The Hazlo (“Make It / Do It”) Program at Cruces Creatives connects K-12 students in Doña Ana County with mentors, funding, and makerspace tools to complete projects that students propose.
Students gain multiple benefits by working on a self-selected project with mentor support. By pursuing a project that they’ve chosen and that interests them, students are more motivated to master the life and academic skills that go along with their project (Ames, 1992; Ryan & Deci, 2000; Vansteenkiste et al., 2004). With one-on-one guidance from trained mentors, students also get all the benefits of individually tailored instruction, and they have the chance to build positive relationships with supportive, capable adults who can serve as role models.
To help keep students and mentors safe, projects are done only at public, supervised sites—typically, at the student’s school or at Cruces Creatives—and all mentors are required to pass a background check (paid for by the Hazlo Program).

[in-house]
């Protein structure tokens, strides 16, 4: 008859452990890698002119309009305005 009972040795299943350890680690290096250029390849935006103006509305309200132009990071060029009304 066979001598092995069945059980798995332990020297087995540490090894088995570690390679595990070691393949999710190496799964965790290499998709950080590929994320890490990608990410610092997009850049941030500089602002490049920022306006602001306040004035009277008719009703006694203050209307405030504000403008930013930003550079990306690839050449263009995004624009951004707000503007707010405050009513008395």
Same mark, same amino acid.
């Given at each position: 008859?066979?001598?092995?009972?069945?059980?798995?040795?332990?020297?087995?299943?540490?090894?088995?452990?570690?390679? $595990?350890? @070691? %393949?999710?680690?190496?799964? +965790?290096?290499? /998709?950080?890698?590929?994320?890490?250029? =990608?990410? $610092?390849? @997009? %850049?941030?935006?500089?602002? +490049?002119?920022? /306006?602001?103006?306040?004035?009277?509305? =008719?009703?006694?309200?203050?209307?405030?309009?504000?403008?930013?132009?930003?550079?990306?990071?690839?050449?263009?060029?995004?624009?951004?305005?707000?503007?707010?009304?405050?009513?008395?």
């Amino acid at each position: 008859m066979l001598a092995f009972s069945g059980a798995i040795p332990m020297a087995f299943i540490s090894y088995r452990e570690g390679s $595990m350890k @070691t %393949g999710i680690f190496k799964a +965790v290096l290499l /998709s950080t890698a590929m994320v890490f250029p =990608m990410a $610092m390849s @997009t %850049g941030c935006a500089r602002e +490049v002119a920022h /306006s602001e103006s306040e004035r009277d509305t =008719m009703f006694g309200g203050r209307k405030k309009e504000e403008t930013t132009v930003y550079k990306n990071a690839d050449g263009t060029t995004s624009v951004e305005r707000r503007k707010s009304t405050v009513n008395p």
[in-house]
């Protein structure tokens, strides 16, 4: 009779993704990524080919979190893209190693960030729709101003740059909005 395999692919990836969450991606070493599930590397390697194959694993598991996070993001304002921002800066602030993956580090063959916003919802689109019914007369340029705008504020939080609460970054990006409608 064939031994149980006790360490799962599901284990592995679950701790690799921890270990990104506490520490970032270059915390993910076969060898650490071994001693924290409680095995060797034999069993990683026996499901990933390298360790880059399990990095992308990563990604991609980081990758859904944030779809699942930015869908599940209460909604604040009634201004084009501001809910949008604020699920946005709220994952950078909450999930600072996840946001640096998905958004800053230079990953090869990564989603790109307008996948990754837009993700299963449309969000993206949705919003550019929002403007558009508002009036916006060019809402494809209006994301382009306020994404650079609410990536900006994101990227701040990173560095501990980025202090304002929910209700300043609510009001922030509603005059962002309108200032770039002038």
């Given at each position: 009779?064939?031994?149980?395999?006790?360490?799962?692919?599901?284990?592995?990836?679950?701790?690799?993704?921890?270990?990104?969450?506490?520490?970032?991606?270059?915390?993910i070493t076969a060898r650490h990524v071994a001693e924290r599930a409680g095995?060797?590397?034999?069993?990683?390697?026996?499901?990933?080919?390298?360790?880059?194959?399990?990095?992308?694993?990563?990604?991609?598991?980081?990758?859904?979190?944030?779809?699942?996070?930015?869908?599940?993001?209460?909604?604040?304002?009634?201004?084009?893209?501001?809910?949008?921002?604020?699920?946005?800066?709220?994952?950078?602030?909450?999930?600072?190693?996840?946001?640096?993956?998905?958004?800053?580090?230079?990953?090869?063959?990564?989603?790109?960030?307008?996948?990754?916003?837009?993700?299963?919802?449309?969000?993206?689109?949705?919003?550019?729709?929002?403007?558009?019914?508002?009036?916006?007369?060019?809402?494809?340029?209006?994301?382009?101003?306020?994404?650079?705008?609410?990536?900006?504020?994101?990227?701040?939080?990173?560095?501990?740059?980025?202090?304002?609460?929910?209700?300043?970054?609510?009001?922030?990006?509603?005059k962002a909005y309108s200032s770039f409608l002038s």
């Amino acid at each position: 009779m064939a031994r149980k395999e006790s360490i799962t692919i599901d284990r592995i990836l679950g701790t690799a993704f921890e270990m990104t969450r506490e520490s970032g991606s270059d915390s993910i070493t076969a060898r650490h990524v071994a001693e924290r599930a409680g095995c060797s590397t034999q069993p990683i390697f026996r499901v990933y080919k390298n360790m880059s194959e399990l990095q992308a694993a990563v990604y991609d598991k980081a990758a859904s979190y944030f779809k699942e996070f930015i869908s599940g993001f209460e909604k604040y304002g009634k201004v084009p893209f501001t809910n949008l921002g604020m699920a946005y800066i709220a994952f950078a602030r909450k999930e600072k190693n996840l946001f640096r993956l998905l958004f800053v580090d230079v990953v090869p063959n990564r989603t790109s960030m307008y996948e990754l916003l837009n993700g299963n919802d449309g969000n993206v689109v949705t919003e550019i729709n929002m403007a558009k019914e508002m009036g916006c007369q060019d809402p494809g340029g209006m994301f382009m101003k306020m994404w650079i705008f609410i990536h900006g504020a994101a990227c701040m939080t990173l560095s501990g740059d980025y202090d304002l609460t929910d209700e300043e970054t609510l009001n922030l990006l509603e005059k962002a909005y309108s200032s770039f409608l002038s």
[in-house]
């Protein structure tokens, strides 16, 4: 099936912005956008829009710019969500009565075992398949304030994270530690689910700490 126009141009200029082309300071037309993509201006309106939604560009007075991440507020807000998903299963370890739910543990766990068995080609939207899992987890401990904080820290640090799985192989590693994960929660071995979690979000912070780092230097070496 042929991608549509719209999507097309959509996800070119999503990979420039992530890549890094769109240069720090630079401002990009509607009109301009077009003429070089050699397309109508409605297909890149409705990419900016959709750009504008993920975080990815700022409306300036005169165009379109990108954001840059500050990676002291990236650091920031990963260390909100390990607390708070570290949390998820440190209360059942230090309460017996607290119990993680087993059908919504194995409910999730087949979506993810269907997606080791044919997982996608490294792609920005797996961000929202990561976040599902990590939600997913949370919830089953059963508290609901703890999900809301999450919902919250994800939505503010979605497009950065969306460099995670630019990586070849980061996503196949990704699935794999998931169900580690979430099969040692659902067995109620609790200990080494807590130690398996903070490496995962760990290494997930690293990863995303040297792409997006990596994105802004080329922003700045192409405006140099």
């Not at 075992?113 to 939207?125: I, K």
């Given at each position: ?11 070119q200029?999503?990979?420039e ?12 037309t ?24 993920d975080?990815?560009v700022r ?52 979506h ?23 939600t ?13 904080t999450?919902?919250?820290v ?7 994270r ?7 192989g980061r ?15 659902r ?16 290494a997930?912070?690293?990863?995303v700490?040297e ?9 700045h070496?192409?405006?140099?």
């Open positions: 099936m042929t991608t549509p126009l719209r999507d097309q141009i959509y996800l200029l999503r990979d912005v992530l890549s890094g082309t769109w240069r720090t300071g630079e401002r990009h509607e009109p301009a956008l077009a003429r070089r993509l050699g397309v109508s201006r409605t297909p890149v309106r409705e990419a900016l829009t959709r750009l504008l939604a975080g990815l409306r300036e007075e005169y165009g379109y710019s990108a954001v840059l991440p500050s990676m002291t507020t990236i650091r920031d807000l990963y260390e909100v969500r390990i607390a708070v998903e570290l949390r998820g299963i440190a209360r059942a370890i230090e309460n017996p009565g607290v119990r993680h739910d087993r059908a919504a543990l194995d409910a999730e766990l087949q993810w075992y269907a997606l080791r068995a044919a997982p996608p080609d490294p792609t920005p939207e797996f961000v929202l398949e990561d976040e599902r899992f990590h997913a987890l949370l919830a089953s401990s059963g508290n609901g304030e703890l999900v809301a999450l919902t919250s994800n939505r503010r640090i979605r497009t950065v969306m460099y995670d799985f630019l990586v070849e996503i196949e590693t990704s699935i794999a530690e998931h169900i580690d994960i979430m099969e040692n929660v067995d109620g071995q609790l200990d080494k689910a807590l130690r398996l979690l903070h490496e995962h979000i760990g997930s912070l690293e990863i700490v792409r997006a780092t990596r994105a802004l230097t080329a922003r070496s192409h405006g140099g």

Ames, C. (1992). Classrooms: Goals, Structures, and Student Motivation. Journal of Educational Psychology, 84(3), 261-271.
Ryan, R. M., & Deci, C. L. (2000). Self-Determination Theory and the Facilitation of Intrinsic Motivation, Social Development, and Well-Being. American Psychologist, 55(1), 68-78.
Vansteenkiste, M., Simons, J., Lens, W., Sheldon, K. M., & Deci, E. L. (2004). Motivating Learning, Performance, and Persistence: The Synergistic Effects of Intrinsic Goal Contents and Autonomy-Supportive Contexts. Journal of Personality and Social Psychology, 87(2), 246-260.